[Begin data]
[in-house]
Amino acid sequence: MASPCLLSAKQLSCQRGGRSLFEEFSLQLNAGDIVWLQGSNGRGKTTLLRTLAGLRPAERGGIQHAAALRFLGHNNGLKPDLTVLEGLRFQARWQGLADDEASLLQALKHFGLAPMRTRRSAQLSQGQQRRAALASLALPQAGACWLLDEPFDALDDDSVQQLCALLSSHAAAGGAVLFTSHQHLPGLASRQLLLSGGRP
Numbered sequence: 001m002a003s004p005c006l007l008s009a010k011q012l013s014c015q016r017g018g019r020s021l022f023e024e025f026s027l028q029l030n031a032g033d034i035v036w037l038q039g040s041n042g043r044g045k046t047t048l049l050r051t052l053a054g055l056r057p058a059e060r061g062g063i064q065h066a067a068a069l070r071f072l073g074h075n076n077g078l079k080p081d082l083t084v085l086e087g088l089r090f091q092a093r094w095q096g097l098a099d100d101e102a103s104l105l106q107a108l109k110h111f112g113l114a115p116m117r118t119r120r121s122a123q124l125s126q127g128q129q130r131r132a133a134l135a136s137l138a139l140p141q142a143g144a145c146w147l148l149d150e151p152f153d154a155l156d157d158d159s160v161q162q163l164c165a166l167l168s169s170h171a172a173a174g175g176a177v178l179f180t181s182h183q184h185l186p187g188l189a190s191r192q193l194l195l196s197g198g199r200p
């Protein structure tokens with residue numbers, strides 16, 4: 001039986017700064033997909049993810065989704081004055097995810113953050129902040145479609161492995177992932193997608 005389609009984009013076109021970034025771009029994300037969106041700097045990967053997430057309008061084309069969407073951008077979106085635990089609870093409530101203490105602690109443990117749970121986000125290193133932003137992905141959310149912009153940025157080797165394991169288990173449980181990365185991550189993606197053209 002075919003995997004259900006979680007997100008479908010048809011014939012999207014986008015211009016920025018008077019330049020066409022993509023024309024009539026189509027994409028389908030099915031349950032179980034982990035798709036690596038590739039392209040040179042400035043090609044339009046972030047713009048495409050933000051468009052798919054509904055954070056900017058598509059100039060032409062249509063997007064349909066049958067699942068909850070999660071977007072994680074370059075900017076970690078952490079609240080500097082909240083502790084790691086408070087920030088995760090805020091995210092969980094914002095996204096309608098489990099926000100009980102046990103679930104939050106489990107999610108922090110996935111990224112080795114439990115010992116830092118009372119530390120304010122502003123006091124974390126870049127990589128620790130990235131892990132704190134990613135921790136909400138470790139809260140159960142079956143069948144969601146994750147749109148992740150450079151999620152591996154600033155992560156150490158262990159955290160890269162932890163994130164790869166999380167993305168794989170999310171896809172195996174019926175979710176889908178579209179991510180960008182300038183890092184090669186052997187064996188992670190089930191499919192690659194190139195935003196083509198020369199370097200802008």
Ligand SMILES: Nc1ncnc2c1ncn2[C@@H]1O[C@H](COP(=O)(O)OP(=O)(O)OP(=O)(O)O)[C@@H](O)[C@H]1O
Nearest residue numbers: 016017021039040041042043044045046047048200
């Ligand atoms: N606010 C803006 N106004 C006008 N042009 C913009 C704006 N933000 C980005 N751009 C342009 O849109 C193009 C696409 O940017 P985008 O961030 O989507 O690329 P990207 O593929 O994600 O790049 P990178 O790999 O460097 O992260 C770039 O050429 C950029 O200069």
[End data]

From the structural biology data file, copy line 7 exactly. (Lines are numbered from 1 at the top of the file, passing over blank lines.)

């Ligand atoms: N606010 C803006 N106004 C006008 N042009 C913009 C704006 N933000 C980005 N751009 C342009 O849109 C193009 C696409 O940017 P985008 O961030 O989507 O690329 P990207 O593929 O994600 O790049 P990178 O790999 O460097 O992260 C770039 O050429 C950029 O200069």